Humaniq - Addressing the Under-Banked in Emerging Economies

CIO Vendor The World Bank launched a blockchain lab in an attempt to pilot projects that can improve governance and social outcomes in the developing world. The Central Bank of Nigeria, in a recent event, addressed the first conference on blockchain technology. Similar interests have been displayed by banks and governments of various developing nations along with UN and other global players that are at the forefront of technology with continuous investment and research dedicated to blockchain. Alex Fork believes trends such as these are likely to thrust the blockchain market into the mainstream.

Alex Fork is the founder of Luxembourg headquartered Humaniq, a provider of new age financial services that aims to accelerate access to banking for the underserved individuals around the globe by harnessing the power of blockchain technology. These financial services are facilitated with the firm’s financial inclusion solution, the Humaniq app. Now, all that one requires to open the door to a world of financial opportunities is a cheap smartphone with a front-facing camera and the Humaniq App which verifies one's identity, immediately after which, one can start transacting and storing value.

Providing an insight into the backdrop of the app, Alex Fork delineates “Despite many efforts, 2.5 billion people still lack a transacting account and an additional 1 billion people, are under-banked. With the blockchain, we can overcome the current cost-barriers faced by banks in expanding their services.” The founder further speaks to us on the functionality of the app. The Humaniq app has been designed to do much more than providing a transacting account. The app will deliver a platform that provisions the full range of financial and other essential services.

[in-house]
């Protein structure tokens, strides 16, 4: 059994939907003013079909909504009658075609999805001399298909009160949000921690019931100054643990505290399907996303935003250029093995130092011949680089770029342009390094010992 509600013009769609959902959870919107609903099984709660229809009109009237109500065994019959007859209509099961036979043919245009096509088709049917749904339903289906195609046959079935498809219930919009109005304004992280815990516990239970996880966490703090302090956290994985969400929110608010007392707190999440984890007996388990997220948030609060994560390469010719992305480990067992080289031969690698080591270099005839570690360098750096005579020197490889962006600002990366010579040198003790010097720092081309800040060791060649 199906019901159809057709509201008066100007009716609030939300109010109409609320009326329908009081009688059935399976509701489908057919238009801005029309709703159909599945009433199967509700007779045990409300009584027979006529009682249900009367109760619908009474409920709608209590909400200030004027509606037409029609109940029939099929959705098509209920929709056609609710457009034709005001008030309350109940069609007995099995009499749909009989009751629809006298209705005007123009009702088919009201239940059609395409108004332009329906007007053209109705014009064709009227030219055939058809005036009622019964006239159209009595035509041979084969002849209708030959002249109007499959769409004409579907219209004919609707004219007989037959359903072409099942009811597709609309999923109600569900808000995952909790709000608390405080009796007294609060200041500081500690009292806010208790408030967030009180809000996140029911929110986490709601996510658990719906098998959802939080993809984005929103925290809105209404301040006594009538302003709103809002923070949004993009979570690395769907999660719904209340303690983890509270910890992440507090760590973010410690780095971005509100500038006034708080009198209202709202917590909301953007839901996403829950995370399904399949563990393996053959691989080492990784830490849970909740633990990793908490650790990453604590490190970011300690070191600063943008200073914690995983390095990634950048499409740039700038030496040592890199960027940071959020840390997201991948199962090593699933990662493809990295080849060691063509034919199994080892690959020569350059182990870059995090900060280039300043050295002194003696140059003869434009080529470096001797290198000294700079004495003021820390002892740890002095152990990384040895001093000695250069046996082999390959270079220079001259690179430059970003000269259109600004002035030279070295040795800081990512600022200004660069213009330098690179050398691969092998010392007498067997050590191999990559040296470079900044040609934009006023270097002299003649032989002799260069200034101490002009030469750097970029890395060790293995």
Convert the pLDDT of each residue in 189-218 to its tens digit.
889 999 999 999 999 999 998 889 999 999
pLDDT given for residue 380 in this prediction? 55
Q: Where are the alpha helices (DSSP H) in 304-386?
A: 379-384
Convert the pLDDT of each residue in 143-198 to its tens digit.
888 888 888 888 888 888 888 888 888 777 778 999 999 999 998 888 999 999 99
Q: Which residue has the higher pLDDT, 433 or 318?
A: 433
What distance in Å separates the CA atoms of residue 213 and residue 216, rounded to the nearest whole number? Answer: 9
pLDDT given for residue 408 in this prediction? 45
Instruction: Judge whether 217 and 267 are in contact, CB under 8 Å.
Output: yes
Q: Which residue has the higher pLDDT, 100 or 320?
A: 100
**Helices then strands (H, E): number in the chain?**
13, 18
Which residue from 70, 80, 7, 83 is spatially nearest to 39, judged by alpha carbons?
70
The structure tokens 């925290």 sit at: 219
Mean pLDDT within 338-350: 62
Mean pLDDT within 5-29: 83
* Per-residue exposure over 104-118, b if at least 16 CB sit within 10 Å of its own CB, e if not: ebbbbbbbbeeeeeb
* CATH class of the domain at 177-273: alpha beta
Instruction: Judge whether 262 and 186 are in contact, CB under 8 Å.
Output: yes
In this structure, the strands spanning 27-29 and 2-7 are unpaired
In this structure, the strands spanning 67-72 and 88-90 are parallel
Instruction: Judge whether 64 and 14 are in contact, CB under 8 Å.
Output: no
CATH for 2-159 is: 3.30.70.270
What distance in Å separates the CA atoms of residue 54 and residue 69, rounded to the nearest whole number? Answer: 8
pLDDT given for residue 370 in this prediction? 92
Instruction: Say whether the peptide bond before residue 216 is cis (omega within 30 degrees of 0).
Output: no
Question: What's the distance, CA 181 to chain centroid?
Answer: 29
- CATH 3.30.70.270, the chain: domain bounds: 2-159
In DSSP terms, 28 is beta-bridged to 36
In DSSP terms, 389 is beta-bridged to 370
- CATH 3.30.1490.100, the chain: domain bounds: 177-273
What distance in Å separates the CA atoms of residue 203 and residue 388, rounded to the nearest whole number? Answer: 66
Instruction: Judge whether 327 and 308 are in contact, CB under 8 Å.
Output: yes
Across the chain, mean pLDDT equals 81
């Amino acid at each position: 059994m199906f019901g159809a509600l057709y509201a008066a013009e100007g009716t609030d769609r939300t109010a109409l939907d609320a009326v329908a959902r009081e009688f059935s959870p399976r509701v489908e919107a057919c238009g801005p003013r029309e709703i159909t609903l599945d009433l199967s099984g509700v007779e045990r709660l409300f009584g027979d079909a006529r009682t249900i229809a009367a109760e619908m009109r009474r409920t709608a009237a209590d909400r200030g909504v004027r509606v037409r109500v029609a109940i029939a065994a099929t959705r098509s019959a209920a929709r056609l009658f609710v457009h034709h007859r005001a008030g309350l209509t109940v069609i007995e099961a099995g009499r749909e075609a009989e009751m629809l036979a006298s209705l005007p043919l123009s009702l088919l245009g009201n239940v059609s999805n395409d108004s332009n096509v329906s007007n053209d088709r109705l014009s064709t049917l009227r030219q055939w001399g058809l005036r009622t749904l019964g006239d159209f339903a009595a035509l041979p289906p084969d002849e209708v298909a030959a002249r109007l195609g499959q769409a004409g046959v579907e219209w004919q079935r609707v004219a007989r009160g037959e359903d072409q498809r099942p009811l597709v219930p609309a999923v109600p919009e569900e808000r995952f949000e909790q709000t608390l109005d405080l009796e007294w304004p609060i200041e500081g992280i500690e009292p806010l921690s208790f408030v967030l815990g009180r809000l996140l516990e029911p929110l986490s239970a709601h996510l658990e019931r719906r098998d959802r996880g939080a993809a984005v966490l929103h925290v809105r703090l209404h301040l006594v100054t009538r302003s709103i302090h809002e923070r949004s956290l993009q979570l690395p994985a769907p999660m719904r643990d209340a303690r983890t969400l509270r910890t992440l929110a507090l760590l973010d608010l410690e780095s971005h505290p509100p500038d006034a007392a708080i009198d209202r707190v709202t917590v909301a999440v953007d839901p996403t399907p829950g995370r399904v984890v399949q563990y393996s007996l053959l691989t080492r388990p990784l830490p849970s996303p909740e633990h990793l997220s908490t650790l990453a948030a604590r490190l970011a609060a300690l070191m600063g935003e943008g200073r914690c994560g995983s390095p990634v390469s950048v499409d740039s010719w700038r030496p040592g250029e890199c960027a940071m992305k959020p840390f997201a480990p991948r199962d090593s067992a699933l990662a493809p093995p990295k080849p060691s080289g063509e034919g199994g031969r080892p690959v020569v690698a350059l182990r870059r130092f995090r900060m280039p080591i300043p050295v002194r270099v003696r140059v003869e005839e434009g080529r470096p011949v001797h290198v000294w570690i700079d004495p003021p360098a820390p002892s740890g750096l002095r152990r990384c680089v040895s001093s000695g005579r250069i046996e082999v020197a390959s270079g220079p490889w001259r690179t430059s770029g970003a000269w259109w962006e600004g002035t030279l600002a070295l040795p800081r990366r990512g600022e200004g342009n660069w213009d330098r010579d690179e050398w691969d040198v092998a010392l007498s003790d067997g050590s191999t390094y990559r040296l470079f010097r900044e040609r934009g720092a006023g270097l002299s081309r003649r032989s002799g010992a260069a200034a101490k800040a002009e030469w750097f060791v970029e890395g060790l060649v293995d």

The technology behind the app, Ethereum Blockchain significantly cuts down the operational costs in emerging economies by decentralising and cutting out the expensive middleman currently needed to process and verify transactions. The app’s biometric technology enables users to access Humaniq using their biometric identification and over time, build an online transaction history. The Bio-identification process involves taking two photographs of the user that must match. The second photograph requires the user to show a particular but randomly selected emotion, to prevent the misuse of matching photographs of users to access their account. Additional security measures are also in place to validate the user’s phone and phone number.

Humaniq aims to accelerate access to banking for the underserved individuals around the globe by harnessing the power of blockchain technology

A key role is played by the Humaniq Ambassadors in enabling the firm to reach out to communities that the app targets. These ambassadors are prominent Bitcoin users embedded in the communities of the prospective users who as locals, know how to engage and influence the smartphone-using, unbanked populations in their own countries. Moreover, with regular updates on the Humaniq blog, the team answers various questions concerning the functionality of the app and how to use the HMQ token, the Humaniq coin.

Humaniq is one among the firsts to leverage blockchain to provide financial services to the unbanked individuals. Within nine months, the firm has already achieved a successful ICO and alongside launched the Humaniq token and the Humaniq App pilots in Ghana and Nigeria. In addition, with the launch of Humaniq Accelerator, the firm is also in the process of collaborating with startups to provide credit, insurance, food and other vital services to a huge unserved market.